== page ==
Jason Allen lives in Colorado, and last week ignited a debate that’s going to be up and running: Use AI to create art, and send it to Colorado State Gallery of Fine Arts (Opens in a new tab) Competition, and won the first prize. Needless to say, some people don’t like the idea.
There are some important facts to note. Allen has somewhat of a credit for what he did, crediting his submissions as being by ‘Jason Allen via Midjourney’, and also spending a significant amount of time working on the claims to produce the final artwork: “several weeks,” he says. He also worked on images that Midjourney created in Photoshop, to be completed by hand.
But of course that’s a nuance besides the central issue: the AI robot only beat human artists, and it was also clear enough to fool human judges.
Midjourney (Opens in a new tab) It is one of the many AI image creation tools emerging at the moment, and it is currently in beta. The user enters text prompts and the program creates images based on the links in them. This means that there is an element of human ingenuity in what it produces, as a given language in different combinations can lead to a wide range of results. In other words, there’s a huge element of automation to these things, but they’re still essential tools that humans have to fiddle with: as the old computer says, trash inside means trash disposal.
Allen’s photos are certainly not rubbish: they are beautiful. His winning piece is called “Théâtre D’opéra Spatial” and it won an award in the Digital Art category of the State Fair. Printed on canvas, it shows a cast of characters staring from the darkened interior toward a sunny sci-fi scene.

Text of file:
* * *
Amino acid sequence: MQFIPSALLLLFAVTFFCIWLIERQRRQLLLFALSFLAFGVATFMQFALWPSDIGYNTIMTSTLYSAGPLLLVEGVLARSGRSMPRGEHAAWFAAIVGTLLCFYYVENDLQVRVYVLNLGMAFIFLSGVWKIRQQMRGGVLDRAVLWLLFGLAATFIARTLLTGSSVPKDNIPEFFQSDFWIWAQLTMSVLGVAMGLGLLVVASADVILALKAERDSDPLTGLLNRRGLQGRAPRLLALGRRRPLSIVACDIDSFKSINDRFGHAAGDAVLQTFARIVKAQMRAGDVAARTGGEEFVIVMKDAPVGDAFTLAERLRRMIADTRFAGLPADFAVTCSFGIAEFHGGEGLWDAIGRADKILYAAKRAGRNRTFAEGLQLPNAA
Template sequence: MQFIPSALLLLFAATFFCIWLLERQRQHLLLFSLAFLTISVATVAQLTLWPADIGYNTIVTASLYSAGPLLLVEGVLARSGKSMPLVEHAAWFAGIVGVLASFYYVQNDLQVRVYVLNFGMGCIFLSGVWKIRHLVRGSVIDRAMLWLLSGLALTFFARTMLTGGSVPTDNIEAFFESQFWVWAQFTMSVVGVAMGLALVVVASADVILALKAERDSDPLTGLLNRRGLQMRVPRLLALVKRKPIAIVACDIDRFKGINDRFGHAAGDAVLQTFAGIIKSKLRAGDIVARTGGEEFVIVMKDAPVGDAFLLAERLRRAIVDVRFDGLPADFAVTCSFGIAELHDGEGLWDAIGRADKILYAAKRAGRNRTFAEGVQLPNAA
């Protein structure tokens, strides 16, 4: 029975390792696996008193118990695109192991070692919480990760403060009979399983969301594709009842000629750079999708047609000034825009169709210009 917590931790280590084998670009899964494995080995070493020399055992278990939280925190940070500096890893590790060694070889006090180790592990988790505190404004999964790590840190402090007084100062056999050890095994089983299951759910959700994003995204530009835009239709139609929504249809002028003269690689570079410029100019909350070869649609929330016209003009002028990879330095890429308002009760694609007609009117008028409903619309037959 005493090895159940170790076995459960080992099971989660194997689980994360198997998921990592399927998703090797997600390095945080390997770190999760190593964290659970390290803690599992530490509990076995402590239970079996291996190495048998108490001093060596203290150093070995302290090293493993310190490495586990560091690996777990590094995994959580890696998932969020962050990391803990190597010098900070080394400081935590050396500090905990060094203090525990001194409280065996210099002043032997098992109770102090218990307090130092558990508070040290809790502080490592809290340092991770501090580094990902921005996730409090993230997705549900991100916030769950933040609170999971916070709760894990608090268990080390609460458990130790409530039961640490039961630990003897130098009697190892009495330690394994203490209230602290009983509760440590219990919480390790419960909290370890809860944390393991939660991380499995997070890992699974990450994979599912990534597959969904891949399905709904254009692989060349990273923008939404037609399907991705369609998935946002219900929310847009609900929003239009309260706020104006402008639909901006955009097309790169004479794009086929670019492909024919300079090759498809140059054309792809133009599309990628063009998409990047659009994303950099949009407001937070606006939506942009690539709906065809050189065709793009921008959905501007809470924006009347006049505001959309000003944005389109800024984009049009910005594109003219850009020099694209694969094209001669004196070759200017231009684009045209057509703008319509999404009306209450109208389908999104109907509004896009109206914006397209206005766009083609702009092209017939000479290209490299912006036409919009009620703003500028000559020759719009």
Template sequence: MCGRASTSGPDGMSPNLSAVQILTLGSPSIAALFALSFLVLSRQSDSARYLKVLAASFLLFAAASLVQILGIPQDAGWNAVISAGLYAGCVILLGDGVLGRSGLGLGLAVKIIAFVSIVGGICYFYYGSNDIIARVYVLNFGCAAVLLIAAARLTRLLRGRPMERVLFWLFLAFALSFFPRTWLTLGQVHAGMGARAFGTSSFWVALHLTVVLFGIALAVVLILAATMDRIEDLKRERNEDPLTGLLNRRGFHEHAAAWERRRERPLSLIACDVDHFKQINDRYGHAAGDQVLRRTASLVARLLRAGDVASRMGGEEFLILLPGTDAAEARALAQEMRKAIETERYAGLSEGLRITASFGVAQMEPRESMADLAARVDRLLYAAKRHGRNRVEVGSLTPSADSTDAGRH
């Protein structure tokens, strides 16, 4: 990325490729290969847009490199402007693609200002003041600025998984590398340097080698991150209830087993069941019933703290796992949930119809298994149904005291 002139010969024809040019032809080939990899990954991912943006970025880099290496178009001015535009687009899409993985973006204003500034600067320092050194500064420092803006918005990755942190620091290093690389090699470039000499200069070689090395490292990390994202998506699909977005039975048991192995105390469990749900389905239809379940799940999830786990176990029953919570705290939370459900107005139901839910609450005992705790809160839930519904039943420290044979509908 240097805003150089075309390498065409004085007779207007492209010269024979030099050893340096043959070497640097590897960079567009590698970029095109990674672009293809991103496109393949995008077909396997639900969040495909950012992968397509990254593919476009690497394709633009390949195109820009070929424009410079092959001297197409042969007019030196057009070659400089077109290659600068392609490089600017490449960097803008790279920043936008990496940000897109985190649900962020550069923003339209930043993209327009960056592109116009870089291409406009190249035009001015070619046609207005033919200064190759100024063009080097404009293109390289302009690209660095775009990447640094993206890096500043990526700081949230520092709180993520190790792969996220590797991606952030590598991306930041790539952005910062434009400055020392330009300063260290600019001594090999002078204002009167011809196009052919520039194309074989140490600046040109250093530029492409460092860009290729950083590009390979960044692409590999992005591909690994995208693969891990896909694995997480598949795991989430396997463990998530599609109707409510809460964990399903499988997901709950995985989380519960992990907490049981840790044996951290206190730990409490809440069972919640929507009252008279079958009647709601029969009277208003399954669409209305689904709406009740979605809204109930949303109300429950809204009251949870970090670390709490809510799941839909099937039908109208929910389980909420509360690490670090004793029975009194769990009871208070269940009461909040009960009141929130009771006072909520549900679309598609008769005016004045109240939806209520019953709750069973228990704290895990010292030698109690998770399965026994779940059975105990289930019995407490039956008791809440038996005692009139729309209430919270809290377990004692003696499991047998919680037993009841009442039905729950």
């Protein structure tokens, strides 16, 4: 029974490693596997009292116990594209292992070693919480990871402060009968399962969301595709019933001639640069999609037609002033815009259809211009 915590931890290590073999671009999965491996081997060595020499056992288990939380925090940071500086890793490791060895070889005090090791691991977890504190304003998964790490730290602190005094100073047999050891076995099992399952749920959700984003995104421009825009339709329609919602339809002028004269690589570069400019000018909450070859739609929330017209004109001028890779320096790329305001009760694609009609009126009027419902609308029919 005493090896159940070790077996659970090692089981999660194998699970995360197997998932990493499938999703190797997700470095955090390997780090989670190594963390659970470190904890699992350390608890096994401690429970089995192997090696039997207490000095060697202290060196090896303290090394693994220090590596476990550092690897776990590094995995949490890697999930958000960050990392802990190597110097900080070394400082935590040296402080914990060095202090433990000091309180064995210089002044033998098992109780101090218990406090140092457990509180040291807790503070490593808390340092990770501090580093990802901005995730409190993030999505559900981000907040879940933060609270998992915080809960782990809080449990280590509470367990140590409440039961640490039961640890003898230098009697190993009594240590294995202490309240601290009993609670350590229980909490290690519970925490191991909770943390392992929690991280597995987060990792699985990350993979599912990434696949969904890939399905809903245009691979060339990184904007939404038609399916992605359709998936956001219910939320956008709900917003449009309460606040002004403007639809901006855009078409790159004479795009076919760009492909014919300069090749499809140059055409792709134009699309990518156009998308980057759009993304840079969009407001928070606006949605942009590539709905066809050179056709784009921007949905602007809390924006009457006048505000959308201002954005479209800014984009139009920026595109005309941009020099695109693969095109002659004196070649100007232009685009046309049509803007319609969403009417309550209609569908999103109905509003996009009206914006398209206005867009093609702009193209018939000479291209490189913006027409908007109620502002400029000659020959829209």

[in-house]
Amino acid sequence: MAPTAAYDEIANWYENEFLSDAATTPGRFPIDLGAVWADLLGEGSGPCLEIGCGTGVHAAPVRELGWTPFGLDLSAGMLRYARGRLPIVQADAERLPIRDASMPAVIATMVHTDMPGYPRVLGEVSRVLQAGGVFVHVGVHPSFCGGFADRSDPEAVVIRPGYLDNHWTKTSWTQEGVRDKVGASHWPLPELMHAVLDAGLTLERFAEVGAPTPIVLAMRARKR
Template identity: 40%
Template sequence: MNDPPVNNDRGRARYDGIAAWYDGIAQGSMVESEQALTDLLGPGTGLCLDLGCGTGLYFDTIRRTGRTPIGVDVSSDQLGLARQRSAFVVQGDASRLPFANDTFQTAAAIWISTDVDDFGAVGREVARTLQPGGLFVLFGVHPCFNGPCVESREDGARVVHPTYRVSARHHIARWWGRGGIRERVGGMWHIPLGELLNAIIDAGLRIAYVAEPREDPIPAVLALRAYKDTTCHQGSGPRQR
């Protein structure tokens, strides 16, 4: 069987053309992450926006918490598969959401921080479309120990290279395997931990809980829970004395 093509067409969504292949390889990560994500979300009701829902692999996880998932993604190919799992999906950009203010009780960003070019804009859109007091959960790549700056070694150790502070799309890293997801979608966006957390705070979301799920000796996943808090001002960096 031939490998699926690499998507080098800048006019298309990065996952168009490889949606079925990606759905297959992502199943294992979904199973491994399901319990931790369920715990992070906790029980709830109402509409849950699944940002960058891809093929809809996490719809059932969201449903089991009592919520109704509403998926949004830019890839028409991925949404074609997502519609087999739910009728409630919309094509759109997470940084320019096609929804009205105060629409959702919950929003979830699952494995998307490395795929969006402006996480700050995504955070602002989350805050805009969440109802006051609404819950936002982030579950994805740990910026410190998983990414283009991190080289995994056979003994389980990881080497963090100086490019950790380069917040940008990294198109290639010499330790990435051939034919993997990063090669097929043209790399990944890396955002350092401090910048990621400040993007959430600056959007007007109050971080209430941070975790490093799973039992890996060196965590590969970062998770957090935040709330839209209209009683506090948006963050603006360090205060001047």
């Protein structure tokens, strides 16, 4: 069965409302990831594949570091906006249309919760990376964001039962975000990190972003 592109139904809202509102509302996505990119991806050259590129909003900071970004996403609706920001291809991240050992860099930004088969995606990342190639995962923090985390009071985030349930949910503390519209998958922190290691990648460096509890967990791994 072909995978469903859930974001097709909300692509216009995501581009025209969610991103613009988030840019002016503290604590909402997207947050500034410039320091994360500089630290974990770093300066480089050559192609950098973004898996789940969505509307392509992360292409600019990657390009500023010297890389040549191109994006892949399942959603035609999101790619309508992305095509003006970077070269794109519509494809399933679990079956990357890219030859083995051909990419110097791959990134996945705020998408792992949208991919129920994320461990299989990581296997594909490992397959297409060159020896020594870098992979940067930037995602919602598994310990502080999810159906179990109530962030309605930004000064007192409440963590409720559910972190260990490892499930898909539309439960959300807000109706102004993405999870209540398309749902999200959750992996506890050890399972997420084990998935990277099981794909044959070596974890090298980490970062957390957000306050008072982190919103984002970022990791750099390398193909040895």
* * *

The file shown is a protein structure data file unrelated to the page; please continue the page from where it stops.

After the win, Allen posted about it on Discord, a post that was quickly picked up and spread on Twitter. The event was presented with TL; DR from “Someone entered an art competition with an AI-generated piece and won first prize. Yeah that’s pretty ridiculous.”
TL; DR – Someone entered an art competition with a piece created by artificial intelligence and won first prize. pic.twitter.com/vjn1IdJcsLAugust 30 2022
He quickly started the heap, although fortunately for Allen, he appears to be one of those sane people who don’t use Twitter. The arguments for and against this are now familiar, but they boil down to the potential of AI-generating software to replace human art and skill, its job-costing and cultural-production implications. There’s also the fact that these things are trained to work humans who don’t get any credit or benefit from it.
Then there’s the most obvious dividing line: AI photo-creating software is there, and it’s not going away. But does it have to be human competition?
“I won’t apologize for that,” Allen told the New York Times. “I won, and I didn’t break any rules.”
A spokesperson for the Colorado Department of Agriculture told The Times that as Allen revealed the use of Midjourney in his letter, it was already within the rules. They added that the judges didn’t know what Midjourney was at the time, but would have given Allen’s work the award regardless.
Allen believes that the prizes will eventually lead to the creation of an “artificial intelligence category,” which seems like a sane solution to a debate that can get very hot. One feels that Allen, however, is ready to fight back and to straighten the noses of few critics.
“Ethics is not in technology,” Allen told The Times. “It’s in the people. It won’t stop. Art is dead, dude. It’s over. Artificial intelligence has won. Humans have lost.”
While this is an obvious provocation, it leaves us with the messy and unanswerable question of what counts as art and what are the “valid” methods of artistic production. The method is new, but this question is not: Lots of historical examples have been pushed into the same consideration over the years, such as Duchamp’s urinal, Bullock spray paint, Warhol’s or Hearst’s line of assistants, and so on technologies such as cameras, factory molding, or logistics and operations that enter into public art.
Ultimately, it comes down to disclosure and the end result. Nobody really knows what art is, after all, but we all know it when we see it.